It could be right on time, perhaps you have been reviewing wages. Or, it’s caught you off guard and you’re left feeling stunned. A flustered “You must be joking!” can cause you even bigger problems. So it’s best to fight off any impulsive urges and take time to consider your response carefully.

At this stage, a simple acknowledgment and commitment to follow up should suffice. After which you can consider the below in order to provide a constructive and thoughtful reply.

Find out why

Ultimately when an employee asks for more money it suggests that they are unhappy with their employment. You’ll need to know the reasons behind this in order to manage the situation and find the best possible solution.

For example, are they struggling financially and don’t know what else to do? Do they feel undervalued or believe other staff are paid more? Do they believe that their salary isn’t competitive?  Are they willing to take on more work? Each of these situations necessitates a specific response.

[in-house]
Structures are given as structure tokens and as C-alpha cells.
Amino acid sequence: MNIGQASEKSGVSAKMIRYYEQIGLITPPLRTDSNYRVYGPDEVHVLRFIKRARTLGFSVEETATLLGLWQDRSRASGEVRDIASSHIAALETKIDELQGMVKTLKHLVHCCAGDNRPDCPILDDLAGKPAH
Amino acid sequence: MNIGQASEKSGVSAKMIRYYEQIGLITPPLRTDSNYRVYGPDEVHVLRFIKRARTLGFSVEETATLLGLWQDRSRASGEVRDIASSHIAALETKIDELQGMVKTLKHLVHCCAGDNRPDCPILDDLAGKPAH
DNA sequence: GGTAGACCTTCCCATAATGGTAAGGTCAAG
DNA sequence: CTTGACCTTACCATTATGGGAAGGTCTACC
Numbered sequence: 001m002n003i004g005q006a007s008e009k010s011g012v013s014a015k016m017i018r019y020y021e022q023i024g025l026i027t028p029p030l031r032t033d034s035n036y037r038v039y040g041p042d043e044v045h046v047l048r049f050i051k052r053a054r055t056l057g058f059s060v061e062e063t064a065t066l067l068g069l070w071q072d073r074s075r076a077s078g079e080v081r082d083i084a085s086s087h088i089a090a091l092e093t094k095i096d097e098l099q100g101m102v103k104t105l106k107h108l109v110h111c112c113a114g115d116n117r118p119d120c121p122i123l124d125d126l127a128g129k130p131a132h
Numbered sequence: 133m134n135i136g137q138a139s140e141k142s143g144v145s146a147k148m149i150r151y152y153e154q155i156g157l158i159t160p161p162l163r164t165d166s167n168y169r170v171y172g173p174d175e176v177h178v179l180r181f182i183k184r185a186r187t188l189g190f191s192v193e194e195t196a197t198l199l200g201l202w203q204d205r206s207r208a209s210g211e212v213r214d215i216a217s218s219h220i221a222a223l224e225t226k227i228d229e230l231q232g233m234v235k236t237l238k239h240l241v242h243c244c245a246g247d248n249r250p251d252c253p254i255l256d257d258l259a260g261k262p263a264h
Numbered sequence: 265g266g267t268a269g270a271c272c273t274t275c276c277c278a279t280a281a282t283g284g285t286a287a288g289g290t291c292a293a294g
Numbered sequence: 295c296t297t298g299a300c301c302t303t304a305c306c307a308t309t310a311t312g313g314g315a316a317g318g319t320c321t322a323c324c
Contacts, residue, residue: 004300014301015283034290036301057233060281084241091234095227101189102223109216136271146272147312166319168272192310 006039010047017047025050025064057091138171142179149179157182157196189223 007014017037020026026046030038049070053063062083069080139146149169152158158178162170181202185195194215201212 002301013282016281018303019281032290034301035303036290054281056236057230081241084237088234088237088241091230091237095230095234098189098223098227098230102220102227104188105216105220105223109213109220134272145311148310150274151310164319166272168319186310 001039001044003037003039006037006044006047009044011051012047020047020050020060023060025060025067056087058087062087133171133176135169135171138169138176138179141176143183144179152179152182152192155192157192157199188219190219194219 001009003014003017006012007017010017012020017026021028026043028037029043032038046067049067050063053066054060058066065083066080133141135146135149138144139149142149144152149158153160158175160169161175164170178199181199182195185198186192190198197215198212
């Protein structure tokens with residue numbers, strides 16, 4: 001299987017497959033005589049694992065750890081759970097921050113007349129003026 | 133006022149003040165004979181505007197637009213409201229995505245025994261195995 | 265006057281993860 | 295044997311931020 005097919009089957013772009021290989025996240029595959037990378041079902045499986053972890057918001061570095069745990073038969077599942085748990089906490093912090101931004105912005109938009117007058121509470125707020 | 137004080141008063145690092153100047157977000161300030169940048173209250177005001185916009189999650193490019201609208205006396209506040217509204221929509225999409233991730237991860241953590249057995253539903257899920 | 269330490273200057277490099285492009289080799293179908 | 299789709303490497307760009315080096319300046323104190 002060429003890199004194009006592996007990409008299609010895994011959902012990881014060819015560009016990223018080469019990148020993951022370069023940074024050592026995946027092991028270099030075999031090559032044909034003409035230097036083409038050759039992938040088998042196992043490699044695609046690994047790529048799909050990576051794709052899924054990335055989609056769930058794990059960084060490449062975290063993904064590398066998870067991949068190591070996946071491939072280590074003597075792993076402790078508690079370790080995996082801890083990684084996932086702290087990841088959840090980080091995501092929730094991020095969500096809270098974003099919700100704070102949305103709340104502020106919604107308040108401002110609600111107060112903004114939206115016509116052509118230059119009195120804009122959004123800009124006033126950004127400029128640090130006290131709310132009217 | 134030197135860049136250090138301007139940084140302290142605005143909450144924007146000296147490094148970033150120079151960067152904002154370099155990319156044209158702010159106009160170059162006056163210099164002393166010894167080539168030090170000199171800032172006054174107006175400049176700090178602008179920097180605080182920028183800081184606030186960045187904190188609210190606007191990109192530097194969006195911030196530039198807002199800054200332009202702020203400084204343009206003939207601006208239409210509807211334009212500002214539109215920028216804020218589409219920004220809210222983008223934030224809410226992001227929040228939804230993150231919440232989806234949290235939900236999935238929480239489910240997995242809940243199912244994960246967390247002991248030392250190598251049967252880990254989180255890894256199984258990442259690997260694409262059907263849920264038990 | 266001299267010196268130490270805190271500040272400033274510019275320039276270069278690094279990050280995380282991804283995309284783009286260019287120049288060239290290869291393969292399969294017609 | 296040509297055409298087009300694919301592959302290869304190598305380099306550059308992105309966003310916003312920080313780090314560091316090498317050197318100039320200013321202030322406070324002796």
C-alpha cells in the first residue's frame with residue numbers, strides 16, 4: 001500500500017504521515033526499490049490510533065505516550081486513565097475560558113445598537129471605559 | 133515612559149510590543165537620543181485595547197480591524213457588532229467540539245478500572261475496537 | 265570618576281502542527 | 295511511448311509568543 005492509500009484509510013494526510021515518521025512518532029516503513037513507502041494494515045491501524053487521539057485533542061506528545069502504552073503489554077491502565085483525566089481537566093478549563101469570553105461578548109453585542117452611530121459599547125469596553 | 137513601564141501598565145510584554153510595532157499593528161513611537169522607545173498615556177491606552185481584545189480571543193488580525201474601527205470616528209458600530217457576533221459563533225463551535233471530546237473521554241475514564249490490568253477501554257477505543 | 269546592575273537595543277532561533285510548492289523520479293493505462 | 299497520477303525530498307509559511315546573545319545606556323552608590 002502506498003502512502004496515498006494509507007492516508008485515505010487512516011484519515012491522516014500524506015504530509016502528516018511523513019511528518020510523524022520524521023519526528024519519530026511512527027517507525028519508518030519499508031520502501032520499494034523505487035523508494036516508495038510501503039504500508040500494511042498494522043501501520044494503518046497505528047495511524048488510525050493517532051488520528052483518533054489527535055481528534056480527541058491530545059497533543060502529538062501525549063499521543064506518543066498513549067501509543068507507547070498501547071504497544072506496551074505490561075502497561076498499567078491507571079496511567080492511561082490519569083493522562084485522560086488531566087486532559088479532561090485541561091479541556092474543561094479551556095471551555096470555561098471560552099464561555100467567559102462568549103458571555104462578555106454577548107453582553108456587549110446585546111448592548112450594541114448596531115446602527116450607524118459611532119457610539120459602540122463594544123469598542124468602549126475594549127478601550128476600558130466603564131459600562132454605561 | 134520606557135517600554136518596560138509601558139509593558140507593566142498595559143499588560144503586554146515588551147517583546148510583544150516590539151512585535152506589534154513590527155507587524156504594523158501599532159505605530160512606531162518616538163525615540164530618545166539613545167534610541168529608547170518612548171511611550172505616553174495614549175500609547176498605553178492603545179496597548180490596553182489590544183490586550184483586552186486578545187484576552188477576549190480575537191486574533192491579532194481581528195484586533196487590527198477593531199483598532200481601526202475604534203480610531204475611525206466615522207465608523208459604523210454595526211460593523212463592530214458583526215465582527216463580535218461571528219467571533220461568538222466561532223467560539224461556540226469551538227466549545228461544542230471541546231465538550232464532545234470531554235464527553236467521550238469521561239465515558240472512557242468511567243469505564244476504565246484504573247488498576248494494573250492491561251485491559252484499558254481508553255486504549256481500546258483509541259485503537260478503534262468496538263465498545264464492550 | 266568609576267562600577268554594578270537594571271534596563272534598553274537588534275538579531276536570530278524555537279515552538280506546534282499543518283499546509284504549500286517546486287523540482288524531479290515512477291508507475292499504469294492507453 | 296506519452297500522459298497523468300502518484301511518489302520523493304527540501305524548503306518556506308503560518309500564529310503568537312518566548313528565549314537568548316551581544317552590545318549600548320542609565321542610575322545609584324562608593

Consider your options

Has the request prompted you to review your current salary offering? Perhaps now is the time to carry out a job evaluation on all roles and look at competitive salaries locally. Job evaluation helps you to develop salary bands, creating a fair pay system and preventing gender pay issues. You then need a pay policy to guide you. It will also help staff understand the process of how salaries are reviewed, and with performance management objectives achieved, how they may increase their salary at the next review.

Is the employee capable of taking on additional duties that would warrant an increase, and could that opportunity be offered?